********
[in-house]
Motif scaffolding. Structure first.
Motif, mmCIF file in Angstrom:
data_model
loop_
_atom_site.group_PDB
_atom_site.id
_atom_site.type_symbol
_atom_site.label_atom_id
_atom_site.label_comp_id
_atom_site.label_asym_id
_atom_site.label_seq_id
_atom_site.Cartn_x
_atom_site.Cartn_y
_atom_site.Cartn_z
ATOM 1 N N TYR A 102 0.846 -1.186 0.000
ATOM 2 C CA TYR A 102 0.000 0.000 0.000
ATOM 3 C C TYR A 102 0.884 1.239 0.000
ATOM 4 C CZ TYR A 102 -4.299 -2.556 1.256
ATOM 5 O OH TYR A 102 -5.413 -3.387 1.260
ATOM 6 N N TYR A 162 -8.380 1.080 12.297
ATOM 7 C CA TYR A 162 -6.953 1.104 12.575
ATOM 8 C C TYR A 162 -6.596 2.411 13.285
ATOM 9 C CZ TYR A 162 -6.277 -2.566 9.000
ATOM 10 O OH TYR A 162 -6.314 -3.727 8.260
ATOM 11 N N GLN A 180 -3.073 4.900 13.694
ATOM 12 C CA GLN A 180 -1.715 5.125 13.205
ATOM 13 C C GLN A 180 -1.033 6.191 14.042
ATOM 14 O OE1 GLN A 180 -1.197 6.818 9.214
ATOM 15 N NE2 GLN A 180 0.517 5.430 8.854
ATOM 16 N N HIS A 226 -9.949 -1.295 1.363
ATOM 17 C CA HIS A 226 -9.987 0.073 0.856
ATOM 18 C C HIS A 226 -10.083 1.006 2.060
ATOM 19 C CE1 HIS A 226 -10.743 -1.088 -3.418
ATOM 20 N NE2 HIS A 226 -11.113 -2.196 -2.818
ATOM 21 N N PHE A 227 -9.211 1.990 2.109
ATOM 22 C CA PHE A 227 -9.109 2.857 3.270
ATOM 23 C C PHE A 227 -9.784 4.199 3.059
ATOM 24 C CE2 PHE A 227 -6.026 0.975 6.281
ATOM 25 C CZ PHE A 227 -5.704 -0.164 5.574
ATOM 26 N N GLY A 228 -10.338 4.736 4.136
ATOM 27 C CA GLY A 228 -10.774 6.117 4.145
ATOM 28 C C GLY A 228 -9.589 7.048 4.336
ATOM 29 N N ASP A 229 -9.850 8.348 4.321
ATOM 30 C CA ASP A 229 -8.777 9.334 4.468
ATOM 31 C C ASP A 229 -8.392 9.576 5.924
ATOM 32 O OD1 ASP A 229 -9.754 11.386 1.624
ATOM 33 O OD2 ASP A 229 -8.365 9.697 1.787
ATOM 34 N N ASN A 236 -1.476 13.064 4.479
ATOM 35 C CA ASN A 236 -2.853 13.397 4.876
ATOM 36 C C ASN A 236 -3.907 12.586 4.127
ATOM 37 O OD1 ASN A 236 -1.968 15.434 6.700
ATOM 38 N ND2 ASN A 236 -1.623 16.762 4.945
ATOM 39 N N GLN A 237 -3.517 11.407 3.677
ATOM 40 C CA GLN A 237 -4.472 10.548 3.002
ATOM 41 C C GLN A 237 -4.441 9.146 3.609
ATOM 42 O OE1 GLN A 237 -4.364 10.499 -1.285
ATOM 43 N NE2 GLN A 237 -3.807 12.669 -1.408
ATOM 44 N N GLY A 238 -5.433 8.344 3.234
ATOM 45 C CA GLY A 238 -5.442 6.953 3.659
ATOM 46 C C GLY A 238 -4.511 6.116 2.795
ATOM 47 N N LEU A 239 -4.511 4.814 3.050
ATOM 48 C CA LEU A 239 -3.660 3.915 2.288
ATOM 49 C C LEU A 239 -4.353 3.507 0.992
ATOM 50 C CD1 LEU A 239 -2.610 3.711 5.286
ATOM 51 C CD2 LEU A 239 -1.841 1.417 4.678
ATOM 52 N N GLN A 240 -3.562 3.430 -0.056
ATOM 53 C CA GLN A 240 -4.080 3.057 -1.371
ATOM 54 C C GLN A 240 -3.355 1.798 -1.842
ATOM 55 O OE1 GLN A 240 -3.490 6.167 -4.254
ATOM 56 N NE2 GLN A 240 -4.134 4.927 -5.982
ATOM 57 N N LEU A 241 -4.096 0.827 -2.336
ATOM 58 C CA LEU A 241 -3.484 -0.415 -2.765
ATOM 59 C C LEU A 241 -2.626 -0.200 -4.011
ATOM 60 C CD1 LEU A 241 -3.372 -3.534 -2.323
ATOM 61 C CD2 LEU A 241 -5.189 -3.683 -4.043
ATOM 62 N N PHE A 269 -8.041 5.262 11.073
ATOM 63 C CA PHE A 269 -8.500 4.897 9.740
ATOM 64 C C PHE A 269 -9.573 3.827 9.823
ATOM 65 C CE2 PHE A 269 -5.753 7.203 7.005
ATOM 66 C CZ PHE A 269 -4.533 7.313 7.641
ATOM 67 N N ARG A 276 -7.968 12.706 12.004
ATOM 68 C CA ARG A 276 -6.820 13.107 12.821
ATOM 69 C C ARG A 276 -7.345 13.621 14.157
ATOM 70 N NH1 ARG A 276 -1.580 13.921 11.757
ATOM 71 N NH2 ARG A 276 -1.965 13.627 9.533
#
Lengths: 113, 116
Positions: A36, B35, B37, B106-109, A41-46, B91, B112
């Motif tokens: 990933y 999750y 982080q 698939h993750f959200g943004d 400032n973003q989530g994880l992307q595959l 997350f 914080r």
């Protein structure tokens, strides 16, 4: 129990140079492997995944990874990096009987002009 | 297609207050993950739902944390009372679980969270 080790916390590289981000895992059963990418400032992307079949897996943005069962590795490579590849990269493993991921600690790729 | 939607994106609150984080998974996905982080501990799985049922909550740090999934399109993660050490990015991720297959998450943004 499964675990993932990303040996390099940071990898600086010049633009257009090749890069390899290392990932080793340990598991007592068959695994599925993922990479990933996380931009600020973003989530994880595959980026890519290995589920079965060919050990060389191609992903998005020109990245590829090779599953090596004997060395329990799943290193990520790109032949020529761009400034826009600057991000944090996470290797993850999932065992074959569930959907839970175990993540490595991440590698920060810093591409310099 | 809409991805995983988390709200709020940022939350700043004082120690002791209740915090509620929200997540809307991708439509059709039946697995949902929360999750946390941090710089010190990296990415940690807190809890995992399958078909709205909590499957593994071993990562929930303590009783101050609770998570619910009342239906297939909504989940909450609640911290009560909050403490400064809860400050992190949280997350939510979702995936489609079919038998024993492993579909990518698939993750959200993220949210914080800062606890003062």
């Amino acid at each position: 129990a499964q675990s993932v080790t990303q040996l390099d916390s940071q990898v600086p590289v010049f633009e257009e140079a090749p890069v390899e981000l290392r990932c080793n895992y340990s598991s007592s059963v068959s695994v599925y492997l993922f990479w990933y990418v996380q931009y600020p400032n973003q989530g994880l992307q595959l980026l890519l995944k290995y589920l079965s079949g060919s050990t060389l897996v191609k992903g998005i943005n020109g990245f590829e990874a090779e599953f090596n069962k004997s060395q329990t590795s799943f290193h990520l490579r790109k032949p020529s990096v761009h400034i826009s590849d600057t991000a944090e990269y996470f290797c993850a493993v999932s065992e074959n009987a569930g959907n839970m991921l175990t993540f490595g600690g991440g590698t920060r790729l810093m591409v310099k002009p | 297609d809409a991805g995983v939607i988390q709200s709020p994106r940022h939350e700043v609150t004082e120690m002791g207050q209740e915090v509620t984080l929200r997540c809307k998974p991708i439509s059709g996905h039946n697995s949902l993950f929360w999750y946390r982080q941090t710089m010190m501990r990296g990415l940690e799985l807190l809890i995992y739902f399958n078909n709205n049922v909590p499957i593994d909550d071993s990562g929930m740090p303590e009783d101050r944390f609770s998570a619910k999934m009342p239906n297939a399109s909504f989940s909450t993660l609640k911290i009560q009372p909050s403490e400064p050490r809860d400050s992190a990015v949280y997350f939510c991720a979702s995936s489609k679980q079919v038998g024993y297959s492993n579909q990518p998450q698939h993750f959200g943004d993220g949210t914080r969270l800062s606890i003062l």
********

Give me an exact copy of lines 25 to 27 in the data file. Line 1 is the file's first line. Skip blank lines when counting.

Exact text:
ATOM 10 O OH TYR A 162 -6.314 -3.727 8.260
ATOM 11 N N GLN A 180 -3.073 4.900 13.694
ATOM 12 C CA GLN A 180 -1.715 5.125 13.205